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Turkish Prime Minister visits Georgia

By Salome Modebadze
Wednesday, May 19
Turkish Prime Minister Recep Tayyip Erdogan paid a one-day visit to Georgia on May 17.

At a meeting in Batumi President of Georgia Mikheil Saakashvili and his special guest shared their approach towards future cooperation between the two countries with local residents. “Georgia cooperates with various countries but relations between Turkey and Georgia have been an example for the whole of Europe. I have never heard of anyone ever resolving so many issues in such a space of time and have such efficient cooperation as the Governments of our two countries have,” Saakashvili said, highlighting the contribution of the Turkish Prime Minister in encouraging relations with Georgia.

President Saakashvili called the new Sheraton Hotel in Batumi, financed by Turkish investment, a brilliant symbol of this relationship and cooperation. The hotel was designed by a Turk of Georgian origin, who Saakashvili said has done a great thing for Georgia by visiting the country and promising a bright future to the Georgian people.

“Georgia is the first country in Eastern and Central Europe and eleventh in the world at attracting investments according to the World Bank. The Georgian economy is growing rapidly despite the [August] war and the global crisis. We are trying to catch up with the Turkish economy, the indicators of which are increasing daily. These figures are so important for our country, as the Turkish Government thus proves how strong it is in dealing with any kind of crisis and gives its country an opportunity to create and promote higher standards for the whole region. [As an example of our co-operation] we are now uniting our border operations so that people can move from one country to another without foreign passports,” Saakashvili said, encouraging the Turkish business sector to make investments in Georgia.

The President of Georgia thanked the Turkish Prime Minister for his contribution to the Iranian nuclear agreement and called it “a diplomatic heroism, which will go down in history”. The agreement, which will send low-enriched uranium to Turkey in exchange for nuclear fuel for an Iranian nuclear reactor, should define the fates of all countries in Europe and the region.

PM Erdogan had arrived in Batumi after negotiations in Tehran over the Iranian Nuclear Programme. “This is a question of life and death for small countries. Erdogan said that there was a chance of reaching an agreement on the nuclear programme but no one believed him. He visited Tehran and saved [the deal on] the programme, which is a diplomatic victory for Iran, Europe, the US, Turkey and Georgia. Recep Tayyip Erdogan should have gained the world’s respect by taking this unique step, but today we are standing here as a symbol of the unity, cooperation and welfare of our nations as Turkey is doing so much for Georgia and the whole region,” Saakashvili said, awarding the Turkish PM the Order of the Golden Fleece for his contribution to the development of bilaterial relations. Saakashvili also expressed hope that Batumi would become a symbol of Georgian unity, as it is the home of various ethnic groups practising different religions.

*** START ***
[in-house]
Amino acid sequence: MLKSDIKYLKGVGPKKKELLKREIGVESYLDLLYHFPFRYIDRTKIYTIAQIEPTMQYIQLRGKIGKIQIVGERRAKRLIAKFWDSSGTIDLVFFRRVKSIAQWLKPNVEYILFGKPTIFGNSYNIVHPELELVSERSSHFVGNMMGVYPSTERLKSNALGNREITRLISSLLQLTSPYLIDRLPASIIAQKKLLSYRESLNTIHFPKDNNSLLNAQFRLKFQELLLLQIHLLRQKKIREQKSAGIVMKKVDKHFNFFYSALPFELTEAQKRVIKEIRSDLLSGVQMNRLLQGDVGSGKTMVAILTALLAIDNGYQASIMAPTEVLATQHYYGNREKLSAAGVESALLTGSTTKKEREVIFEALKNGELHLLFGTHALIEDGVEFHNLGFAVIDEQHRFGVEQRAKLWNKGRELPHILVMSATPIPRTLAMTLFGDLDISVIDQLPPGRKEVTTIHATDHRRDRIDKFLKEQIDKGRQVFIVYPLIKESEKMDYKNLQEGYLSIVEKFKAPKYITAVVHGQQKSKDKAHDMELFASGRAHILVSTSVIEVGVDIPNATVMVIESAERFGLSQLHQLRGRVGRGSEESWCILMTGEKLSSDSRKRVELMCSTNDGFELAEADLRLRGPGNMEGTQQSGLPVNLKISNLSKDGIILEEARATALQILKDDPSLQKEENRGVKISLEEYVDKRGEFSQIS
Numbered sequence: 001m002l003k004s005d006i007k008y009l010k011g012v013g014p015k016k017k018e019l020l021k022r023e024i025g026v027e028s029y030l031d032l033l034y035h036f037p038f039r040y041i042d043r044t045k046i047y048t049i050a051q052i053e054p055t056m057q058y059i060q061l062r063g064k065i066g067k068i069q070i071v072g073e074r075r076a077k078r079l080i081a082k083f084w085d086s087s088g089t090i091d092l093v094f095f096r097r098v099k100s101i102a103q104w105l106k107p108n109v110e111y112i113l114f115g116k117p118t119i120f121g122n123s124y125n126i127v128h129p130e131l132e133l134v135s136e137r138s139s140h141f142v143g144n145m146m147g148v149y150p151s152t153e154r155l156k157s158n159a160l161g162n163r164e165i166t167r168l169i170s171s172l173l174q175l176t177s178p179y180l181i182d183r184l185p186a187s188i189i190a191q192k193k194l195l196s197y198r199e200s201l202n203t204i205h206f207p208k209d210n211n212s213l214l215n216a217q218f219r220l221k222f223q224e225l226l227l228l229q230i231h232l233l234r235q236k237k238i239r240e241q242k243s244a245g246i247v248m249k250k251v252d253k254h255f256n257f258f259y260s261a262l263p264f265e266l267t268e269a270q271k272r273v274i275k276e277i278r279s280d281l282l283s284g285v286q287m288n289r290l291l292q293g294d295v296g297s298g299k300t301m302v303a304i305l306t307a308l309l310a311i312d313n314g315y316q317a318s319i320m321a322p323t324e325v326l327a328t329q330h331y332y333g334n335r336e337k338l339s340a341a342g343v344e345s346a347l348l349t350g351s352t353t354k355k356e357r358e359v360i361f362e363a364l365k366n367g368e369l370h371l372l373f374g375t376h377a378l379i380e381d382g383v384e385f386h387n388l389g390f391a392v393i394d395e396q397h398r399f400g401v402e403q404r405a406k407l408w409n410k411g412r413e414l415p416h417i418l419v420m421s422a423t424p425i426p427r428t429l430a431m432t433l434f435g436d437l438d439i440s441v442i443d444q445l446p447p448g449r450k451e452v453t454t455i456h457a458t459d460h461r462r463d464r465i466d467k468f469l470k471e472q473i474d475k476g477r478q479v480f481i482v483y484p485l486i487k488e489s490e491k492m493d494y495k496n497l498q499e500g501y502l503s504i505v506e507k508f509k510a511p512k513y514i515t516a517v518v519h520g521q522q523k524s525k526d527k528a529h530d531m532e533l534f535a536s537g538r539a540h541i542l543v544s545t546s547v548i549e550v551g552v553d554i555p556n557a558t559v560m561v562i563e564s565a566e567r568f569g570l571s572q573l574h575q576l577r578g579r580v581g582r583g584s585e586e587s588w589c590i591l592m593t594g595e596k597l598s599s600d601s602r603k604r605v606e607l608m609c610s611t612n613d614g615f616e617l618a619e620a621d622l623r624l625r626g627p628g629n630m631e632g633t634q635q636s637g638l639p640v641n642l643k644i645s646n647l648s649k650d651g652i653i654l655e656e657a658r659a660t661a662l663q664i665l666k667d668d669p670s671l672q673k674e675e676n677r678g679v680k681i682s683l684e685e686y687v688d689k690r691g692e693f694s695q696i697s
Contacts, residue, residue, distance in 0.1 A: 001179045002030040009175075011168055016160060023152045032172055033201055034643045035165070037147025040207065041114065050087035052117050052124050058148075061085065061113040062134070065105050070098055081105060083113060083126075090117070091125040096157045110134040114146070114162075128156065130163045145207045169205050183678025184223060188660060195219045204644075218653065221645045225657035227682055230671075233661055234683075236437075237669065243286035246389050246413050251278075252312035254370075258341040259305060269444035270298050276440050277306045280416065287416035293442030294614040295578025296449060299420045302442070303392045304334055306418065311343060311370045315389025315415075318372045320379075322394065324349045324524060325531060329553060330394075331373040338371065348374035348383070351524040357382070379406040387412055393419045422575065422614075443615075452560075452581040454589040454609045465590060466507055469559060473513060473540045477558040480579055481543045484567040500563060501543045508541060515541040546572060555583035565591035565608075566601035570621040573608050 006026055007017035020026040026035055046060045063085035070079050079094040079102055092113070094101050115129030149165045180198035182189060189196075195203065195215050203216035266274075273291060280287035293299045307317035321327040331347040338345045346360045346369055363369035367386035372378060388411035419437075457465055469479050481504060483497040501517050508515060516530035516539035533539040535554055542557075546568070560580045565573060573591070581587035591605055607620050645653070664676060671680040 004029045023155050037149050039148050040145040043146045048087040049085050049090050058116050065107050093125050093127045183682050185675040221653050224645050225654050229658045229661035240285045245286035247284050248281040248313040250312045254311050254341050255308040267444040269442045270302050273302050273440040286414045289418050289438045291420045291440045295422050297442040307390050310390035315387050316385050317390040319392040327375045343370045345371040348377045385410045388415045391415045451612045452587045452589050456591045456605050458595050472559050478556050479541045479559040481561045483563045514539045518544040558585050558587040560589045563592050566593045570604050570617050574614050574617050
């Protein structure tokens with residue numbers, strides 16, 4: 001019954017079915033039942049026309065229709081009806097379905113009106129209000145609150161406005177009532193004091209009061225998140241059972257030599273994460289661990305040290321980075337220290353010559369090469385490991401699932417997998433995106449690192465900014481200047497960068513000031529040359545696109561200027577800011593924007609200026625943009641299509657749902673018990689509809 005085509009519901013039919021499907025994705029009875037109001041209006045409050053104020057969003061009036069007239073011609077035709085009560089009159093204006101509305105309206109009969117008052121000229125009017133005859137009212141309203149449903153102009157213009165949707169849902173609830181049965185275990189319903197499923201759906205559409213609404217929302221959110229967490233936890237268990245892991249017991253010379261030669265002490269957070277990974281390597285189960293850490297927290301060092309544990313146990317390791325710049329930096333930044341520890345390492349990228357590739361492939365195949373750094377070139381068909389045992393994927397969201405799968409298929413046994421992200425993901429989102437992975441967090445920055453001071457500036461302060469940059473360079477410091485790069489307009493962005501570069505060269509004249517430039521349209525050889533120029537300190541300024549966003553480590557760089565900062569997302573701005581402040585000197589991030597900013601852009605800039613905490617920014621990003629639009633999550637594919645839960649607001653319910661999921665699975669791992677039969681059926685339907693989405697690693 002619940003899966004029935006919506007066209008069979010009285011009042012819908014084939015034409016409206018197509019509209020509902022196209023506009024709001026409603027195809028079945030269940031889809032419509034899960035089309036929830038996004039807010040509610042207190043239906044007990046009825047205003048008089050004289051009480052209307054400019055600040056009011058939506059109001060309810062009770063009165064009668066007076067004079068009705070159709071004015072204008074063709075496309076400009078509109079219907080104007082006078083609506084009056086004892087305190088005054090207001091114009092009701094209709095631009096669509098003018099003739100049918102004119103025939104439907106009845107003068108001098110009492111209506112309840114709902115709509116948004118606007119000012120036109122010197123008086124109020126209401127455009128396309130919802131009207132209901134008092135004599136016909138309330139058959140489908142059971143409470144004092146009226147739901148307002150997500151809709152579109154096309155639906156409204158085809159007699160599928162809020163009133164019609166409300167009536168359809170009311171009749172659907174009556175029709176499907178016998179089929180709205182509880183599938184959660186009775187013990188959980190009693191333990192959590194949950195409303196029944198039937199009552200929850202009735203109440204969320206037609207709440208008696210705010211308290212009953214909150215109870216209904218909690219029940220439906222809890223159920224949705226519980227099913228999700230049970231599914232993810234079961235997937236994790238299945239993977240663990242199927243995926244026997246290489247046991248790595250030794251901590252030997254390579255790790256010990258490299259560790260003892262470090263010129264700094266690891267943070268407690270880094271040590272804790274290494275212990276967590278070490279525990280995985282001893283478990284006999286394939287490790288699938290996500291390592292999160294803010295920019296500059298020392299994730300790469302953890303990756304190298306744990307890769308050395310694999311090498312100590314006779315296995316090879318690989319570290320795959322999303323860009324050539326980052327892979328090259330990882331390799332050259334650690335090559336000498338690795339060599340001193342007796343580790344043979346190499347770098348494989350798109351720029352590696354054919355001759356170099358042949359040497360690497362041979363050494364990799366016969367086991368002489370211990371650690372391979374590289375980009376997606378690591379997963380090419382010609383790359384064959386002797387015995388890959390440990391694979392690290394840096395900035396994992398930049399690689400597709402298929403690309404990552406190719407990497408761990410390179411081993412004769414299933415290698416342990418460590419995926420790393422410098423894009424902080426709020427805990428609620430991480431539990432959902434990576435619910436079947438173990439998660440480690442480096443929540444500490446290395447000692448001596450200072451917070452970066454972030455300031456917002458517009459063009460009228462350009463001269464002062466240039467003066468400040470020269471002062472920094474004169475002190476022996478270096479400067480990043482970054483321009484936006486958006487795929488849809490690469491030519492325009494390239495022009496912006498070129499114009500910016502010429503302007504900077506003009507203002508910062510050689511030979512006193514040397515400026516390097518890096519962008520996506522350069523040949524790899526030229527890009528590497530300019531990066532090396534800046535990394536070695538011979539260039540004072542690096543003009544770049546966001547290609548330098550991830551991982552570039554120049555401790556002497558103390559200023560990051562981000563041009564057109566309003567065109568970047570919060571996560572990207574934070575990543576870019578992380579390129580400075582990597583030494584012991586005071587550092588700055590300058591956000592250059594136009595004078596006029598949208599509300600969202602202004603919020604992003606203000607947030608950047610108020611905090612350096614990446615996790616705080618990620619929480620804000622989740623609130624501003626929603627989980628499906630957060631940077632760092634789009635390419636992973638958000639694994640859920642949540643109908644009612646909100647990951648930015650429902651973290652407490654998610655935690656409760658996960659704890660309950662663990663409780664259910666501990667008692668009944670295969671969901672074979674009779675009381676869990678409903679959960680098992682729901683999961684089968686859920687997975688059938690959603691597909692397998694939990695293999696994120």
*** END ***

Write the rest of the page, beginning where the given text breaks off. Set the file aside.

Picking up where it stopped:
“It’s a great honour for me to receive this award today. This visit to such a wonderful seaside town has made a great impression on me. I had been to Batumi before, but I can say that the development of this town is important not only for Georgia but the whole Black Sea region,” Turkish Prime Minister Recep Tayyip Erdogan said in response.

Analyst Gia Khukhashvili told The Messenger, “Relations between Georgia and Turkey can be discussed in both positive and negative terms. Turkey’s engagement in Georgia’s development through investments is a definitely plus but the fact that the whole Adjaran economy is in Turkey’s possession means it has established a monopoly in the region. I can’t see the point of having Batumi Airport (a joint Georgian-Turkish airport on Georgian territory) serve internal Turkish flights. All these things may have a negative impact [on our country] as this problematic region may become the subject of changeable political manipulations by the side with the economic lever. That’s why the Government should always try to cooperate with several different companies or countries to avoid any further complications,” Khukhashvili stated.

The Georgian Ministry of Foreign Affairs called the visit of the Turkish PM “a high ranking visit” as Turkey is “our strategic and number one trading partner”. Nino Kalandadze, Georgian Deputy Foreign Minister, said that despite the many sceptical assessments from outside that there is no favourable [investment] climate in Georgia and Georgia poses a threat, the fact that a country like Turkey is carrying out very serious investments in various regions of Georgia is very important. Zurab Pololikashvili, Minister of Economic Development of Georgia, and Gia Baramidze, Vice Prime Minister, expressed their admiration for the Turkish PM’s visit and their hope that it would bring specific results.